Reviews for Dwarf : A Memoir

Booklist Reviews 2012 November #1
Most people eventually learn that not only does the world not revolve around them but it doesn't even bend to their liking. While some never learn, DiDonato had to face these hard truths sooner and more cruelly than others. Born with a relatively rare genetic disorder called diastrophic dysplasia, at 11 she was not much taller than a preschooler. With dwarfishly shortened arms and legs, DiDonato was unable to perform even such simple tasks as flipping on a light switch or getting a carton of milk from the middle shelf of a refrigerator, much less brush her own hair and tend to personal hygiene. The independence most preteens enjoy was impossible for her. Her physical want of stature and reach, however, did not extend to the length and breadth of her grit and determination. So she endured several torturous surgical procedures to increase her height by an astonishing fourteen inches. DiDonato's dramatic memoir is testament to the realist's view of life--use every tool in your toolbox to adjust to the world around you. Copyright 2012 Booklist Reviews.

Kirkus Reviews 2012 October #1
With the assistance of People editor Dyball (co-author: A Famous Dog's Life: The Story of Gidget, America's Most Beloved Chihuahua, 2011, etc.), first-time author DiDonato tells the remarkable tale of her lifelong battle to overcome diastrophic dysplasia, a crippling genetic disorder that not only causes unusually short limbs, but chronic arthritis. While many children long to be taller, the author decided early on to do whatever it took to combat her body's literal shortcomings so she could perform such ordinary tasks as taking out the trash. Born with clubbed feet, the author underwent her first corrective surgery when she was 2 days old and then again at the age 2. With arms so short she couldn't reach her own ears or other body parts, DiDonato improvised, employing salad tongs to wipe herself and help pull up her socks. But at 8 years of age and standing only 3 feet 8 inches tall, the constant desire for greater independence led her and her mother to seek out radical bone-lengthening treatments. A veteran of dozens of childhood surgeries, DiDonato viewed the pain and temporary immobility resulting from these grueling procedures as mere means to an end. Having gained four inches from her first lengthening surgeries and endured their torturous aftermath, the author chose to undertake the procedures again at 15, seeking out a surgeon who would enable her to risk going beyond the recommended additional three inches in height to whatever length her body could take. Throughout this engaging memoir, the author's resolve to do "whatever it takes to live an independent life" proves unwavering, even in the face of criticism from others facing similar challenges who considered her choices motivated by a lack of self-acceptance. Sappy toward the end, but mostly uplifting and profound. Copyright Kirkus 2012 Kirkus/BPI Communications.All rights reserved.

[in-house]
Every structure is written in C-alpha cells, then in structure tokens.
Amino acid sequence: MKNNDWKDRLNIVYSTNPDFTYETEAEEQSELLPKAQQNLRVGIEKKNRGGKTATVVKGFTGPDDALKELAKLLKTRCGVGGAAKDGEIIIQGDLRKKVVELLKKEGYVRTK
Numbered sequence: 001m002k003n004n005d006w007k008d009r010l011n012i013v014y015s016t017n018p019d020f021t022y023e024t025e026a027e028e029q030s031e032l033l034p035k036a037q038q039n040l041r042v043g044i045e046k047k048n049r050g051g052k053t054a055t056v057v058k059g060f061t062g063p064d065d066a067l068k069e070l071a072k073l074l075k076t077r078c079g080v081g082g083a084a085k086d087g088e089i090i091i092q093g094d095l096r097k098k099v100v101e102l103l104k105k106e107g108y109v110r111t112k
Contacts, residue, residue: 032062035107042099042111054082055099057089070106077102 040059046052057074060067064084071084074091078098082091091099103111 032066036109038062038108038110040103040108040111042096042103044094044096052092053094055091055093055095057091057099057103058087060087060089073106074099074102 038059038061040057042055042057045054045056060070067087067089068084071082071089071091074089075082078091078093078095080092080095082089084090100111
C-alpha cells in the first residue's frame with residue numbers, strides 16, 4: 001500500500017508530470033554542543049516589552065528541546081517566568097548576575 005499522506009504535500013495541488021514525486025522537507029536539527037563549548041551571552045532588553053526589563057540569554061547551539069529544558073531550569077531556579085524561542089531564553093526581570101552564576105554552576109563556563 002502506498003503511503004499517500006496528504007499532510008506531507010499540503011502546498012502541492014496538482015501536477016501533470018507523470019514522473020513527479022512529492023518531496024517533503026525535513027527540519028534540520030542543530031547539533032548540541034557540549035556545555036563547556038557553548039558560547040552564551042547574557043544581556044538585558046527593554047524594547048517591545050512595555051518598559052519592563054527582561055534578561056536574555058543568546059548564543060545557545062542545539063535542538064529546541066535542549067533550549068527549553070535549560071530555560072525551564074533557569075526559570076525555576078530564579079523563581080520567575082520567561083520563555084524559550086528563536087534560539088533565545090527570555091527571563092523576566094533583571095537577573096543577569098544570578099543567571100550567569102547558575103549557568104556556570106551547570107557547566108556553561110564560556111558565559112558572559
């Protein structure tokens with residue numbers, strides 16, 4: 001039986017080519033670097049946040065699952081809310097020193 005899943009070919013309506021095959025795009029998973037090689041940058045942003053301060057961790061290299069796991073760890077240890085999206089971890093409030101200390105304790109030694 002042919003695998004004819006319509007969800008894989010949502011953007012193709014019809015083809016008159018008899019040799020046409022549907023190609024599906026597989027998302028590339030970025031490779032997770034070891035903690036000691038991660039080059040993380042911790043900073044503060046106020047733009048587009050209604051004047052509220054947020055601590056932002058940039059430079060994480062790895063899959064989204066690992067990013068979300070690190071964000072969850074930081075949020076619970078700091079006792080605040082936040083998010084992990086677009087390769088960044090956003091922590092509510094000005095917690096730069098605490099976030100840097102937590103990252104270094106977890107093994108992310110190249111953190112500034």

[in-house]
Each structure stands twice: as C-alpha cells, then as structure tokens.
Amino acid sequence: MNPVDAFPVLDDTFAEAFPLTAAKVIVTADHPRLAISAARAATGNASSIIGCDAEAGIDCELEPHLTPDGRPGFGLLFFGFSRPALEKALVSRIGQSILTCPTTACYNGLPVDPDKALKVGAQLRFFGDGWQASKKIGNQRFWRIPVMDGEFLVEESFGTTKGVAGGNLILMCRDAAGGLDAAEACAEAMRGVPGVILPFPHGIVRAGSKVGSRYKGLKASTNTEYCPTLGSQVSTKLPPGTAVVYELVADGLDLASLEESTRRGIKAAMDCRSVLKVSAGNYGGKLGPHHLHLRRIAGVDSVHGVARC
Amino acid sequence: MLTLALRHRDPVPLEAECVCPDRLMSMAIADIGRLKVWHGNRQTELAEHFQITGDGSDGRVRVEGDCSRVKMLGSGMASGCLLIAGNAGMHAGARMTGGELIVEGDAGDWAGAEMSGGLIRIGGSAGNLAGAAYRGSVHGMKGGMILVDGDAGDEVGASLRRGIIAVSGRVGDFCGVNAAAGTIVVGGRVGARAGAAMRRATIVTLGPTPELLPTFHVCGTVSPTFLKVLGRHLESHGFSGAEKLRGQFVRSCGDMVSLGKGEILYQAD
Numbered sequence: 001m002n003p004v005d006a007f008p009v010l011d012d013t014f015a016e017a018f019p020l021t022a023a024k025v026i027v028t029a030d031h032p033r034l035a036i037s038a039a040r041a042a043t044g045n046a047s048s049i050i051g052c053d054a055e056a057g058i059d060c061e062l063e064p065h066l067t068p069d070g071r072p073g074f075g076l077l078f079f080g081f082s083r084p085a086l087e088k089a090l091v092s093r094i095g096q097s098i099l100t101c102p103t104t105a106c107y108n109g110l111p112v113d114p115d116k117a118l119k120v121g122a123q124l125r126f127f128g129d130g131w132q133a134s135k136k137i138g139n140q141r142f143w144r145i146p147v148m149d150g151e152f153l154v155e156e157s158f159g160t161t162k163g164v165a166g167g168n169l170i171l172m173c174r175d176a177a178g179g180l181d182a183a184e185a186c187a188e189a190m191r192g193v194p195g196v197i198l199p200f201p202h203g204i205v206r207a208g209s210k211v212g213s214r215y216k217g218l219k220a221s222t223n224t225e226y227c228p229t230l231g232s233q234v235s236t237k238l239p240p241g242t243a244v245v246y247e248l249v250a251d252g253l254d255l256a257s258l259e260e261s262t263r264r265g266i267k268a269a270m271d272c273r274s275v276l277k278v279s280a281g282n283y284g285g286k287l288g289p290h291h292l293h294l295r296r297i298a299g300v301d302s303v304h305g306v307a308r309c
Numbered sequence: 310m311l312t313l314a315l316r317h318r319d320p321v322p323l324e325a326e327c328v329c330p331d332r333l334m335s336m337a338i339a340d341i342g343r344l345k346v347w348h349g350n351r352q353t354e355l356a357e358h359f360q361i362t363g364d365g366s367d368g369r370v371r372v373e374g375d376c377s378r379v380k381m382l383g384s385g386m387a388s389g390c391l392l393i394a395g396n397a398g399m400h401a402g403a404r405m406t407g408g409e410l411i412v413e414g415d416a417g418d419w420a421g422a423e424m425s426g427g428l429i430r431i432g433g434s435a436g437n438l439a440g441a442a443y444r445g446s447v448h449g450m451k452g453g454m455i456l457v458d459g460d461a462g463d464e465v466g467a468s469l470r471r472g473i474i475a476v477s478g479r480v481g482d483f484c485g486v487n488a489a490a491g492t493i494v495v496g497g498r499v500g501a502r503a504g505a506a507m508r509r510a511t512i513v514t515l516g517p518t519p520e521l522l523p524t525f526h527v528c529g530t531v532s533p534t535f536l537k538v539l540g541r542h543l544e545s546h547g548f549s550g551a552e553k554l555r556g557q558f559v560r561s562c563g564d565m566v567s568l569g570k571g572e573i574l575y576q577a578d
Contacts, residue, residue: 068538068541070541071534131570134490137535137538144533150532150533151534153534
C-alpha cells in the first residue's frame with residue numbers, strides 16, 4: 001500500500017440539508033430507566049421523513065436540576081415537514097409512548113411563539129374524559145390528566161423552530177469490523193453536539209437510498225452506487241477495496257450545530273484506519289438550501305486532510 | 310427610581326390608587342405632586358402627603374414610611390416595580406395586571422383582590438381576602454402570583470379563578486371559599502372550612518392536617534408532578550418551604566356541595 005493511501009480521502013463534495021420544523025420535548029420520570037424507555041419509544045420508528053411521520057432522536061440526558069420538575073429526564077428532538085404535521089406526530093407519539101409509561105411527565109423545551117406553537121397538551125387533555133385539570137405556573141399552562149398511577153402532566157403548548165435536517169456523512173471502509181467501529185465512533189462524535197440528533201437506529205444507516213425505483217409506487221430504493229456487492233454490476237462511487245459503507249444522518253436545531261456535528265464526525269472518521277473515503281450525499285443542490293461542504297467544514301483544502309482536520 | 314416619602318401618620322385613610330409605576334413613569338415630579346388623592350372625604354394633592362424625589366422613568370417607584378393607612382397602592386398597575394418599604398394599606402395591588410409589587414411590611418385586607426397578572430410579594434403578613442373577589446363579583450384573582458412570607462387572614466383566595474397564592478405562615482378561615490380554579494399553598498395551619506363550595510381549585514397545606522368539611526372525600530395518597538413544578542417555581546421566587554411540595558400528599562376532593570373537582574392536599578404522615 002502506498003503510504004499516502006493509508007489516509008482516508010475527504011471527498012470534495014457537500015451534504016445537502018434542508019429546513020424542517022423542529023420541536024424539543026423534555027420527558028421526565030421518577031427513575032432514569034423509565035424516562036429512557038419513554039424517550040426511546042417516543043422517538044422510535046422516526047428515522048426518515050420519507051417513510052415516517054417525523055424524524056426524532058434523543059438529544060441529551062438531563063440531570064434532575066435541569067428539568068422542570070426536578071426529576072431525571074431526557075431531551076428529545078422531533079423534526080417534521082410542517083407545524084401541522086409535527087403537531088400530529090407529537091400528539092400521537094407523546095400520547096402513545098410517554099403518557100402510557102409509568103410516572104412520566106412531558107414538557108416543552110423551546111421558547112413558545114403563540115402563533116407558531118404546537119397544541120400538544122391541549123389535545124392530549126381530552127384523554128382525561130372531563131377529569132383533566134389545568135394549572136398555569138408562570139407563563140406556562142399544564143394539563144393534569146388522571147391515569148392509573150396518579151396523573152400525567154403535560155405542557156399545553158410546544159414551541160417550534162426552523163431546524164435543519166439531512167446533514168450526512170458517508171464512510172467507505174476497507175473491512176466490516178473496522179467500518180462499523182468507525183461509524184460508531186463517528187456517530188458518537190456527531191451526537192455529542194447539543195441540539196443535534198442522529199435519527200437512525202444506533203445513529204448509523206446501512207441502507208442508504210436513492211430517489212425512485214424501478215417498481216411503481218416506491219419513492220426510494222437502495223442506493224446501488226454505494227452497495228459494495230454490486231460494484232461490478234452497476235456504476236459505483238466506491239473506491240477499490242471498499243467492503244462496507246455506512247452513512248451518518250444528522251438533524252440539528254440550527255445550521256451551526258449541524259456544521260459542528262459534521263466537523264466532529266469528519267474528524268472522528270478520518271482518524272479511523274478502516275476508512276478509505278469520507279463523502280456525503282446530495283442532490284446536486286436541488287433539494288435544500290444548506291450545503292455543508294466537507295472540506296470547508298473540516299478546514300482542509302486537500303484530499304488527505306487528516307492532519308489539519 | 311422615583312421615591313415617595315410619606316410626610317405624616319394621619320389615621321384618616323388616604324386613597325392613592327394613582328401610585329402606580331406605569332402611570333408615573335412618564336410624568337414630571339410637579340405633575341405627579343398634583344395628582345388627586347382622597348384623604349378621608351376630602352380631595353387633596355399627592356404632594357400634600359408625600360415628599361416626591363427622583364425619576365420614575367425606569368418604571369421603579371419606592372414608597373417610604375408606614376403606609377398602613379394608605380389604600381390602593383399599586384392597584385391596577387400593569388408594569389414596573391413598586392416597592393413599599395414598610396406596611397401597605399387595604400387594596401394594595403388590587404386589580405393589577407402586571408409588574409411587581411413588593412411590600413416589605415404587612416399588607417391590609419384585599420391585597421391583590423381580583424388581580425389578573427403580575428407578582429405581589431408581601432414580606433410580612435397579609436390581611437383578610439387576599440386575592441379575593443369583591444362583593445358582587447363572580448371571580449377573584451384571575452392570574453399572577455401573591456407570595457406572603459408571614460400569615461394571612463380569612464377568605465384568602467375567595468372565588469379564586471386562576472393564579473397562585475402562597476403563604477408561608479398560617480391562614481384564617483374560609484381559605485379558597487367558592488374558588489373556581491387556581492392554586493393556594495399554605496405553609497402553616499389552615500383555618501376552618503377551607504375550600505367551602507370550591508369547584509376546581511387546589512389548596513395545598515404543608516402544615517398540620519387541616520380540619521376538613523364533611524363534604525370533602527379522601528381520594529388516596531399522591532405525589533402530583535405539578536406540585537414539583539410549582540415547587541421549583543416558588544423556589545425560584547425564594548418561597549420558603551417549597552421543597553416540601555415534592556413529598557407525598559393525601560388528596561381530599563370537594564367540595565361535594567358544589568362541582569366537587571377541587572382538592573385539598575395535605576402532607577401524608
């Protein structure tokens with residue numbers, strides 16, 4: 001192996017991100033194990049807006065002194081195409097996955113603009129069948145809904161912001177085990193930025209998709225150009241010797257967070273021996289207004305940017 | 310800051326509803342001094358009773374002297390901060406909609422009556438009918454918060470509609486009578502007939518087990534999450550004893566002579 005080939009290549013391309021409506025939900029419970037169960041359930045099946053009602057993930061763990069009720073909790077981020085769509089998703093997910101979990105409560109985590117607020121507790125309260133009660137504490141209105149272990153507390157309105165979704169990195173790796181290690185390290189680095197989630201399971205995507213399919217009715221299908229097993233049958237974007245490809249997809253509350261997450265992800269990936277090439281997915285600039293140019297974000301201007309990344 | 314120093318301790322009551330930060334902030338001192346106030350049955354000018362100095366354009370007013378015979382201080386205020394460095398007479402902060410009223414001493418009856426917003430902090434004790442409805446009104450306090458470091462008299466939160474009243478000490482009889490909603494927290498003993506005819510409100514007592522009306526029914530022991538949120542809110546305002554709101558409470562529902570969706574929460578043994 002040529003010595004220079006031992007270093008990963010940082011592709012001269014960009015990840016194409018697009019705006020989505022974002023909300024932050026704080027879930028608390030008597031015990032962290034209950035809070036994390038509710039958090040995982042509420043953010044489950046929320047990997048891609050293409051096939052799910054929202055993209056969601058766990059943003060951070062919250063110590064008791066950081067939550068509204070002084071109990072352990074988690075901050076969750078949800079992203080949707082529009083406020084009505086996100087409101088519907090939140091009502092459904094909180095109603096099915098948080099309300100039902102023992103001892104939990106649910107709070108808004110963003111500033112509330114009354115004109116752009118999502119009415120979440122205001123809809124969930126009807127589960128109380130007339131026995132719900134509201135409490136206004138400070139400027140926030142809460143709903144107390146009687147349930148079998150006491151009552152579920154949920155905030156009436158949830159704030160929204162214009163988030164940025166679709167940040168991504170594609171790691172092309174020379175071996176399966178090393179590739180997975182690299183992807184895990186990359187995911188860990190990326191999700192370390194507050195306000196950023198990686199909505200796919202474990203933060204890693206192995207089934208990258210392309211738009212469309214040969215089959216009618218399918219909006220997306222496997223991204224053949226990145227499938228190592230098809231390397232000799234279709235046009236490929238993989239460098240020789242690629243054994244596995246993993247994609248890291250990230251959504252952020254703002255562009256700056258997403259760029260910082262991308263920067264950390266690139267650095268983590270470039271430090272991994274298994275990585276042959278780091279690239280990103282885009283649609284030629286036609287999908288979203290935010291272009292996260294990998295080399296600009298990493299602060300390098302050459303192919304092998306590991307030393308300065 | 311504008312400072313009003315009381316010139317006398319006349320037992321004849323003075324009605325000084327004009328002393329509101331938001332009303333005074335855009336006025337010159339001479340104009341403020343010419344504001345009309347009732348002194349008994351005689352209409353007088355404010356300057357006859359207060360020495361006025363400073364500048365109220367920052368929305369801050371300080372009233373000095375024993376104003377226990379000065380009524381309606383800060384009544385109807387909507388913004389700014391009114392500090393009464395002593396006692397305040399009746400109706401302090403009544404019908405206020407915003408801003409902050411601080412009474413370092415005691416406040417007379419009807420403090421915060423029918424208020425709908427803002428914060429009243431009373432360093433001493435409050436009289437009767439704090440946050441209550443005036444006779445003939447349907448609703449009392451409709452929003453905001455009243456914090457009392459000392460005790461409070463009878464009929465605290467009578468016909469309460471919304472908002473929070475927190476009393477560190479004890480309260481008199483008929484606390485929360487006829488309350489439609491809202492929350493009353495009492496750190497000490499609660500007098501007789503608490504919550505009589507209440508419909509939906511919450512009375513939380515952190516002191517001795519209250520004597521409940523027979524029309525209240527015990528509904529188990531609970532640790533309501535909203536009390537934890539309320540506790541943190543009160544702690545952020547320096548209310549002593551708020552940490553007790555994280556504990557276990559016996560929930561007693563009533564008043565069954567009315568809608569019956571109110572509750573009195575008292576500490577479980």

Library Journal Express Reviews
Born with a rare form of dwarfism, DiDonato didn't realize she was different until her friends grew taller than her and she found herself needing special tools to do daily tasks. After undergoing dozens of minor surgeries, DiDonato decided to suffer through two additional ones, painful bone-lengthening procedures. Doctors strategically broke her bones and forced her to live with pins in her arms and legs for about a year. The result was a radical extra 14 inches added to her originally three-foot, eight-inch frame. Verdict DiDonato's book reads like a long, inspirational email from a friend or a very personal blog post. This isn't a pity party, but DiDonato's writing isn't as memorable as her story. While DiDonato's experiences will appeal to anyone tall, short, or in between, the narrative suffers-some sections feel choppy, glossed over, or forced. (DiDonato's parents are saints, and her teenage years are mysteriously empty of argument and bitterness.) A good story hampered by too casual a writing style.-Kathleen Quinlan, Library Journal (c) Copyright 2011. Library Journals LLC, a wholly owned subsidiary of Media Source, Inc. No redistribution permitted.